Back to the Israeli Sinai Desert Town That Vanished

They built a new town on a desert paradise, less than a decade later they were evicted with chains and cages. A new miniseries looks at the story of Yamit, 40 years after its dismantlement

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Children at Yamit before the evacuation in 1982. 'Most were secular people who identified an economic opportunity.'
Children at Yamit before the evacuation in 1982. 'Most were secular people who identified an economic opportunity.'
Itay Stern
Itay Stern

It’s been forty years since the 1982 evacuation of Yamit, and the scenes are still seared into Israel’s collective consciousness. Police using chains against those who refused to evacuate the desert city, the most adamant of them being shoved into cages: These images are among the most powerful and difficult to look at in Israel’s history. Behind them is the story of the city that was established in 1975, and dismantled less than a decade later.

When TV producer Osher Assouline couldn’t find a documentary on the period, he realized he’d have to make one himself. The result is “Sinai,” a mini-docuseries in two parts that is being aired this week on Kan 11. It includes spectacular archival footage alongside interviews with those who arrived in a desert paradise, only to be expelled a short time later.

April 1982 evacuation of Yamit, built on land of expelled Bedouin.

“The settlement of Sinai was not, in essence, ideological,” Assouline says. “It was very Zionist. The core group of founders were Russian and American Israelis. These were people who had come from the Soviet Union at the end of the 70s, along with super-Zionist AMerican Jews who came to serve the state’s agenda. When someone settles on a hill in Samaria, there is always some biblical connection. In Sinai, the vast majority were secular people who had identified an economic opportunity. They received a beachfront house for free, as well as other grants from the state.”

Like all of Zionist mythology, settling Sinai was rife with difficulties, challenges and failures – both geographic and ethical. With director Avida Livni, Assouline returns to the early days of the settlements in the Sinai and near Rafah, in the Gaza Strip. The process was accompanied by the expulsion of Bedouin tribes from the area – some of whom became laborers in the fields and greenhouses built by Israelis. Making the desert bloom, it turns out yet again, was not as romantic as the state would have us remember.

“We say so in the series: It wasn’t like the Nakba in 1948. No one was killed, but Zionism treated all the peoples that came under its jurisdiction in almost the same way,” Assouline adds. “There were some very aggressive operations against Bedouin tribes. For the sake of historical justice, however, it should be noted that Israeli sovereignty improved the Bedouins’ quality of life in many ways. Until this day, when you talk to Sinai Bedouin about Israeli rule there, they remember it fondly.”

Bedouins in Sinai. Not all of it was pastoral

'For many of them, that trauma is very real, even after 40 years, in almost every aspect of their lives. People who were evacuated from Sinai scattered all over'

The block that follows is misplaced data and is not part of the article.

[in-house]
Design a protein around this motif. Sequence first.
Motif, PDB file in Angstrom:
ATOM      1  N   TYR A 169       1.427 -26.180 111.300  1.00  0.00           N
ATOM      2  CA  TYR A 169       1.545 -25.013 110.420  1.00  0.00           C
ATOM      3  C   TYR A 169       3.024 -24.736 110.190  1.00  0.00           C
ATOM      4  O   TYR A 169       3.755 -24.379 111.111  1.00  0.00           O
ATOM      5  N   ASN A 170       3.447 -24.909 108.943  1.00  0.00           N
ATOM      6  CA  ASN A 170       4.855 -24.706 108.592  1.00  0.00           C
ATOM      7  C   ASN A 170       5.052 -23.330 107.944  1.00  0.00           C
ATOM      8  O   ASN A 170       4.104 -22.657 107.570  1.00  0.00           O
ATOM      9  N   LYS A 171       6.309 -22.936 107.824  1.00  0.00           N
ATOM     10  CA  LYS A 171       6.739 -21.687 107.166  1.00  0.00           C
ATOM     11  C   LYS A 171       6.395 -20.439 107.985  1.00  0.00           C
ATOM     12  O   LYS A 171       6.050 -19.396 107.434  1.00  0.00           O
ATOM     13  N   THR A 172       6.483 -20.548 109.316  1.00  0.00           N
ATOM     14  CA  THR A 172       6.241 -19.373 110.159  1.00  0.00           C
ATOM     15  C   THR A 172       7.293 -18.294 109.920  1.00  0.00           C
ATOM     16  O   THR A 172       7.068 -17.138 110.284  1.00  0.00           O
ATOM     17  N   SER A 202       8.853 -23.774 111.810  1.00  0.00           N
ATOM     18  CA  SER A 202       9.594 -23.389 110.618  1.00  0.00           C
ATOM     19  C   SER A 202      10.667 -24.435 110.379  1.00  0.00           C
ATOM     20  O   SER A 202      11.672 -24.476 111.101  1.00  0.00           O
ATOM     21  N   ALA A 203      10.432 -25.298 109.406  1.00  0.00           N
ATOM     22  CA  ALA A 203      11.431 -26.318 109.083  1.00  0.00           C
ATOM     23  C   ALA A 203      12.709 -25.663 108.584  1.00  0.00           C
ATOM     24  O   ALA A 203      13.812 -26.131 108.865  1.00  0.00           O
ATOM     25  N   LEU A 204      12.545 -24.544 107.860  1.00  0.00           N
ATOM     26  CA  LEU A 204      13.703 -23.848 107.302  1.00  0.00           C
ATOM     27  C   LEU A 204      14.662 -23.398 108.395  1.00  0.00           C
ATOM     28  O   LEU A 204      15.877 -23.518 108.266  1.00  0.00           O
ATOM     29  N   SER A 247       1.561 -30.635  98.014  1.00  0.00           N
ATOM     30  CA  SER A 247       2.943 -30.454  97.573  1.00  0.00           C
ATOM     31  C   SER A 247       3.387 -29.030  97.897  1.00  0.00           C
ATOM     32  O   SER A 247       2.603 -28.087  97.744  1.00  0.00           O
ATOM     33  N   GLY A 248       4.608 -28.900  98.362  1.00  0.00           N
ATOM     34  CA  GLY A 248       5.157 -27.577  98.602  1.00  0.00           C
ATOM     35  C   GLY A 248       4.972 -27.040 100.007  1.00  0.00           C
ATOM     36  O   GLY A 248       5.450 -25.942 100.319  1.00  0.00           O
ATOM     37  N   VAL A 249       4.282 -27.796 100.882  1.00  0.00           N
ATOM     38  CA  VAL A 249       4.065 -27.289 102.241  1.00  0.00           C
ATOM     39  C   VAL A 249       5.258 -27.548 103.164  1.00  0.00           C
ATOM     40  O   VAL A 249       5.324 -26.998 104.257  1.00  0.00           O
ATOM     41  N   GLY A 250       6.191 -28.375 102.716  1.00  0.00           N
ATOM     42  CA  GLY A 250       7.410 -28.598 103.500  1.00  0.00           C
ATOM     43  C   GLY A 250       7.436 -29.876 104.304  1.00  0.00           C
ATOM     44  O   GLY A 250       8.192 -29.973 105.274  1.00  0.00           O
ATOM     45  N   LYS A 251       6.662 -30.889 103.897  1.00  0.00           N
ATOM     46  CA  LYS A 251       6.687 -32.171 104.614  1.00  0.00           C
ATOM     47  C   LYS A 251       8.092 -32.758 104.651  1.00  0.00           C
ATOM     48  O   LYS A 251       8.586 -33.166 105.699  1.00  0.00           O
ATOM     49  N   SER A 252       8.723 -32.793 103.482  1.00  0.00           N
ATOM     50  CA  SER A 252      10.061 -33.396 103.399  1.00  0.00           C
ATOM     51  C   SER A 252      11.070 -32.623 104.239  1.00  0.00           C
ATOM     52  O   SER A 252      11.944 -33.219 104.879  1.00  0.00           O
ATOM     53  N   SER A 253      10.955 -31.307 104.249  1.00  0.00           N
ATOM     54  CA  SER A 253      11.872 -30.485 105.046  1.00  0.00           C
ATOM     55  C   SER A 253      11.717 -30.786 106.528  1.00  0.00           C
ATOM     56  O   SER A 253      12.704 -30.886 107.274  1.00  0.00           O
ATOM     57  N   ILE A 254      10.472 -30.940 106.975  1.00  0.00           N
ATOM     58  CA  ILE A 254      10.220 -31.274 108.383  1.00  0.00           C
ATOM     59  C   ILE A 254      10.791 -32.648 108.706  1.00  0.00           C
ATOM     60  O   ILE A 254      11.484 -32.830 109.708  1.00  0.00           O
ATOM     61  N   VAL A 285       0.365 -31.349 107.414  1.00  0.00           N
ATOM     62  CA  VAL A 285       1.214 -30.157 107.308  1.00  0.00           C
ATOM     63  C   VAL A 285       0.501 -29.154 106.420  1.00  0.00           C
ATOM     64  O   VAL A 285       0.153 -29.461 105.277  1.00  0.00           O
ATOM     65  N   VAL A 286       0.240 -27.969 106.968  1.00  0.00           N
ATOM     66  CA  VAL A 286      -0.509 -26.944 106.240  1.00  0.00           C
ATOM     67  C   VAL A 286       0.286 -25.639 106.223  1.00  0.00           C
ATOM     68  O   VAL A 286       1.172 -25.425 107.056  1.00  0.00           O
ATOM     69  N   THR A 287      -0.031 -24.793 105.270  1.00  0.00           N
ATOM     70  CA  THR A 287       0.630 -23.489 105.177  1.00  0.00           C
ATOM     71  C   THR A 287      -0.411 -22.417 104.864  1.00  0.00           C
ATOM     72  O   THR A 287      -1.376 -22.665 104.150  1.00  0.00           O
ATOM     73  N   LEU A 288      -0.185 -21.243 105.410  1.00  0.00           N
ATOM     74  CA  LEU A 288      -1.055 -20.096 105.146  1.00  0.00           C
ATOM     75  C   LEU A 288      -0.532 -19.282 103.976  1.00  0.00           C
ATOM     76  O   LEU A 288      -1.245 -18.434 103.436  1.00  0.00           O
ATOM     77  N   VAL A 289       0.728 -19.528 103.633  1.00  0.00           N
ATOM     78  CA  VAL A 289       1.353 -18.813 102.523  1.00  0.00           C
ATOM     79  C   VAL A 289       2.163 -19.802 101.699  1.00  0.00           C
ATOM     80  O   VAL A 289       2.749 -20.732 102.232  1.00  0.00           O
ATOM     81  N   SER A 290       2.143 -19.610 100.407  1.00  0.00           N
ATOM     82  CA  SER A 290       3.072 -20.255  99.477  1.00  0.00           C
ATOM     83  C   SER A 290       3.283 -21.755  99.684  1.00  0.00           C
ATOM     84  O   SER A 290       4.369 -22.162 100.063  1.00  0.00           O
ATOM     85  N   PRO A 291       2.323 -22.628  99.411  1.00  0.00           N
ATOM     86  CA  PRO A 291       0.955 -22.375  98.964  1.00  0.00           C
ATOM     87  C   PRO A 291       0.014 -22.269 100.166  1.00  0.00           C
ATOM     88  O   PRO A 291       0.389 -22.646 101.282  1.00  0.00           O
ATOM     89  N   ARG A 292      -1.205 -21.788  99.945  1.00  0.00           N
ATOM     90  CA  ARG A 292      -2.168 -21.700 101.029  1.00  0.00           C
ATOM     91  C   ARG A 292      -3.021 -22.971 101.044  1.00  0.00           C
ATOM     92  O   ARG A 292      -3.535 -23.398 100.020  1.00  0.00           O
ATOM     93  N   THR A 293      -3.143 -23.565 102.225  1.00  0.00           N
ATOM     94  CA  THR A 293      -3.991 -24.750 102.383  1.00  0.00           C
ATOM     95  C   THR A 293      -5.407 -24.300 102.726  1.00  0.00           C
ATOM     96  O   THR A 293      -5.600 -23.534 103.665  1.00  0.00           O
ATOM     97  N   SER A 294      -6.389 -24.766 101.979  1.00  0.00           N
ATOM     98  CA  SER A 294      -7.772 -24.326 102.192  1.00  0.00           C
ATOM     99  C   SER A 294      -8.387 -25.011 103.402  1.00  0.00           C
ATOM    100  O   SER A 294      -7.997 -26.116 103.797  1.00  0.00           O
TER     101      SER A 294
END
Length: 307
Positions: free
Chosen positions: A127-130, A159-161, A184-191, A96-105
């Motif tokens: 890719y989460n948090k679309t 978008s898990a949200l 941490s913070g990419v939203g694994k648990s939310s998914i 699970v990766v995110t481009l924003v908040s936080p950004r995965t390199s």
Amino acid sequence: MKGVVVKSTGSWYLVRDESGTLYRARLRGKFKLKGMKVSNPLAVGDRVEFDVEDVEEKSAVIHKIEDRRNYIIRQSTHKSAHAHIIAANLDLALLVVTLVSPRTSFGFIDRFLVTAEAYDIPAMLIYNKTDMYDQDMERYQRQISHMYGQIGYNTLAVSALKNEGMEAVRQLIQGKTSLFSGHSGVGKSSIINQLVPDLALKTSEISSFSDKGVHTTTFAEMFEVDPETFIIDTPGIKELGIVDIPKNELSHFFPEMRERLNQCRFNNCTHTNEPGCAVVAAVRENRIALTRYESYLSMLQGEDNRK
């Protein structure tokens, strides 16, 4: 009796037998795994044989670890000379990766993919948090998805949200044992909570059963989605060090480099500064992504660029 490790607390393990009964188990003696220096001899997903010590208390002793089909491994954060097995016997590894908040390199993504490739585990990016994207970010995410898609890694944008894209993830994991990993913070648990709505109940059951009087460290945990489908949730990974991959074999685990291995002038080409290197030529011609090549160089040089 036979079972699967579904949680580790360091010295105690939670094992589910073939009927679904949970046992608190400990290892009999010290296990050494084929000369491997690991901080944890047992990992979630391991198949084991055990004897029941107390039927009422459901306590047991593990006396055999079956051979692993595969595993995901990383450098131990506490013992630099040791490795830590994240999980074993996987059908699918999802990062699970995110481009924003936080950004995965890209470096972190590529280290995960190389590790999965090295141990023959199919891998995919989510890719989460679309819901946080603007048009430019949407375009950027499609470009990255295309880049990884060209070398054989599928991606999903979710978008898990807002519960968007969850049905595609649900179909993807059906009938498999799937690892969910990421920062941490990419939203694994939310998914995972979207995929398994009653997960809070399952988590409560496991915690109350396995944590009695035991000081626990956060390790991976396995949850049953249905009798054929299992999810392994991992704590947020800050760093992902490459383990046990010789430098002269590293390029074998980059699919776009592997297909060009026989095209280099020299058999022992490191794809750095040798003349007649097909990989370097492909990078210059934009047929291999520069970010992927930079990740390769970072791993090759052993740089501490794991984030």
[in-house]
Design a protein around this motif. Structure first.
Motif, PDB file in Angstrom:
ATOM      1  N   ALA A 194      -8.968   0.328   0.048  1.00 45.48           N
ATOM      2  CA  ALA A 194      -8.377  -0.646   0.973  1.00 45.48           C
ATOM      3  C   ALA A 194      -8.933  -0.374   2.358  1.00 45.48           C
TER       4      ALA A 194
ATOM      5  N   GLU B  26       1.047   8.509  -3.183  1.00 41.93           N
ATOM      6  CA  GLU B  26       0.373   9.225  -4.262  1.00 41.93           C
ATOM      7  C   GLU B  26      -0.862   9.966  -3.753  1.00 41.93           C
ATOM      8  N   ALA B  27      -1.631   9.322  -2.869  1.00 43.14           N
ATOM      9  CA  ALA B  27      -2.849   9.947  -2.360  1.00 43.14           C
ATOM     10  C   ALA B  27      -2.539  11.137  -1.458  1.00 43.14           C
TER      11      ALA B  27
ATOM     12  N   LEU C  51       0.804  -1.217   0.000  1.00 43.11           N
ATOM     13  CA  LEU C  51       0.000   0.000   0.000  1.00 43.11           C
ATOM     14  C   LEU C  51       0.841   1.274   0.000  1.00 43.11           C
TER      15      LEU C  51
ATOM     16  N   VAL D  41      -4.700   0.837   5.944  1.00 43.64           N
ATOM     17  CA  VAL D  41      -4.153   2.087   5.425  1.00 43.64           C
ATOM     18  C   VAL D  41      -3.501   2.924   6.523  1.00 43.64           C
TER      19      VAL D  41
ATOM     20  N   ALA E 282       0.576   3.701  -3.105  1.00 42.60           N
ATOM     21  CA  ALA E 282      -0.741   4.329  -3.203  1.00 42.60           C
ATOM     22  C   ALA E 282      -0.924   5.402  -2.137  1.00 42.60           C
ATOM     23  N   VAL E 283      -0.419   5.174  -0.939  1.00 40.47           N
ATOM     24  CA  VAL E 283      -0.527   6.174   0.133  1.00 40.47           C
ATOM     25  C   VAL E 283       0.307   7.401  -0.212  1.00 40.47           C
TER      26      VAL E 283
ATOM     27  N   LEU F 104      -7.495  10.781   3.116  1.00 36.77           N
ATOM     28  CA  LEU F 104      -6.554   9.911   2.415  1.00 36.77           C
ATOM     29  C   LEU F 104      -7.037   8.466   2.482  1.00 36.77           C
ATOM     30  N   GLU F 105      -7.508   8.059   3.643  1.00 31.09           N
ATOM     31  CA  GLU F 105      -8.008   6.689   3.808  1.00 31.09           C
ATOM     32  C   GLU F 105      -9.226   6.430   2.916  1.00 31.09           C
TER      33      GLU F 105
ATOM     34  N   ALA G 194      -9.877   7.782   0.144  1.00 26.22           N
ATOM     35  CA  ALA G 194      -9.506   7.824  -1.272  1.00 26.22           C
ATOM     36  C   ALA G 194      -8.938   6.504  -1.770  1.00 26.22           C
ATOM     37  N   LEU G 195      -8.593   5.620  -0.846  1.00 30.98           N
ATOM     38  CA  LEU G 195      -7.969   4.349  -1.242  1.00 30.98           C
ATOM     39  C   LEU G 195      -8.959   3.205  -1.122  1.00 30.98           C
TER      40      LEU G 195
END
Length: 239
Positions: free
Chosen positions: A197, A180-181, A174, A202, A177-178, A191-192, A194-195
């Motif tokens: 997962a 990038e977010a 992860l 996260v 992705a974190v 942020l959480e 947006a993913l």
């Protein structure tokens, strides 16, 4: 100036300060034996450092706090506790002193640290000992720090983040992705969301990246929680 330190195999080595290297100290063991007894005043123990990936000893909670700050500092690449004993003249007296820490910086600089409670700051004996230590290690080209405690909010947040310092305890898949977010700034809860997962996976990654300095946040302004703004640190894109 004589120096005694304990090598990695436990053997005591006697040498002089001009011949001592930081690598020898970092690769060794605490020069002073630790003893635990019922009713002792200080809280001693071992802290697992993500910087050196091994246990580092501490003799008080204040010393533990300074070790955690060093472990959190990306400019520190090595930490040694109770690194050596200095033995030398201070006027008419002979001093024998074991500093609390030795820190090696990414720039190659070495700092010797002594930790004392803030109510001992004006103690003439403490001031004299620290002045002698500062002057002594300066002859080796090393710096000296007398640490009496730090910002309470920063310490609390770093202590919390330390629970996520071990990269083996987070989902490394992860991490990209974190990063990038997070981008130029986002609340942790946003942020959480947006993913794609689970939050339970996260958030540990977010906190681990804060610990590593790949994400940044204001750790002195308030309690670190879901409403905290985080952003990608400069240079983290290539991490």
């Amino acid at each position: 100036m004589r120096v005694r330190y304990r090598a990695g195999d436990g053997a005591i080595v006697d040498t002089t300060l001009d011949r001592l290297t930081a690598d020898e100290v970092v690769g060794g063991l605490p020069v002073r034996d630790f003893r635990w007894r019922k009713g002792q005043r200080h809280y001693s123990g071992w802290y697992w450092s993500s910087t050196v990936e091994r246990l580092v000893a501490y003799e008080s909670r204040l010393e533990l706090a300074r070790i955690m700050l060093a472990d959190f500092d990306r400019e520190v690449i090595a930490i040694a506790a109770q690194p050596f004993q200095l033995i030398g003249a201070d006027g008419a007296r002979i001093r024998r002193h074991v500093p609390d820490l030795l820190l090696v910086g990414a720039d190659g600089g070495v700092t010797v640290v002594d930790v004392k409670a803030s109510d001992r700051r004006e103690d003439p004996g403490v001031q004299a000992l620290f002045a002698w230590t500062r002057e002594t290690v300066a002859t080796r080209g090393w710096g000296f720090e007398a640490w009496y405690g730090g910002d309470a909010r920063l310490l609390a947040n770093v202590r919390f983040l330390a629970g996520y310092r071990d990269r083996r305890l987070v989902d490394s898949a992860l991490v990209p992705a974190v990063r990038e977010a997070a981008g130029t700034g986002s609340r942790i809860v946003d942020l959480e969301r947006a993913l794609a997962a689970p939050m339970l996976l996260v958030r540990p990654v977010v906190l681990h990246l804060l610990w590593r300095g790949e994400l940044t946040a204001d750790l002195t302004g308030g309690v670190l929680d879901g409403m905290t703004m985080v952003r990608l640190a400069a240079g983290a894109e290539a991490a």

On the other hand, you also focus on the lingering trauma of those who were evacuated.

“For many of them, that trauma is very real, even after 40 years, in almost every aspect of their lives. People who were evacuated from Sinai scattered all over. Some got sick, families broke up, people sank into depression. A few even died from the trauma. We also wanted to show the story of the children who grew up there and experienced the evacuation. To some extent, I wanted the series to be a bit like ‘Wild Wild Country,’ in the sense that these people created a settlement out of nothing, based on an idea, and then the whole thing implodes. When I started delving into the material, I couldn’t understand how those terrible images fit with the settlers’ beautiful lives before.”

Israeli soldiers carry an Israeli resident of Yamit, during the violent evacuation of the Sinai settlement, in 1982.

You show that extremist right-wingers arrived in the area ahead of the evacuation, including yeshiva students and Kahanists, with the intention of disrupting the evacuation and putting up an image of resistance.

The evacuation was etched into the public consciousness as an act of violence, but most of the population left quietly. There was a core group of people who were fired up by right-wing politics from Gush Emunim, the settler movement. There’s a scene where Begin confronts Geula Cohen over the despicable strategy. There’s another scene that we didn’t include, where five Kahane supporters lock themselves in a concrete room, while a tractor tries to remove them. People from Yamit were wronged twice. One one hand, they were branded as thieves and swine over the compensation they received. They compared them to characters from the TV show ‘Dallas.’ On the other hand, they were marked as people who had physically confronted soldiers, which wasn’t true.”

It’s possible that they paid a price, but even they admit that it was worth it for peace with Egypt.

'We say so in the series: It wasn’t like the Nakba in 1948. No one was killed'

Osher Assouline. 'The core group of founders were Russian and American Israelis.'

“I think that the way the government presented the evacuation to the residents was awful. As far as I know, from the investigation and interviews we conducted, politicians exploited and deceived the evacuees. The working assumption [in the government] was that evacuation was on the table from the beginning of the talks with Egypt, perhaps even as a precondition. So why didn’t they tell the settlers? In practice, as soon as the agreements were signed, Sinai started to dry up. Development was halted and investments ceased. At that point, the state was lying to its citizens by giving them a glimmer of hope, all while decision makers knew that Egypt wouldn’t accept any plan that did not include a withdrawal from Sinai. Begin met with the settlers and promised to fight for Sinai, but I believe he already knew it was a losing battle. On the other hand, looking at the bigger picture and the result, you can’t deny the diplomatic achievement that brought peace. You can’t argue with the clear result – 40 years of quiet along the bloodiest front of the Six-Day War and the Yom Kippur War.”

It’s interesting, because at the end of the day, Dayan – a member of Mapai – promoted settlements in the occupied territory, while Begin – the right-wing revisionist – promoted evacuation settlements in exchange for peace.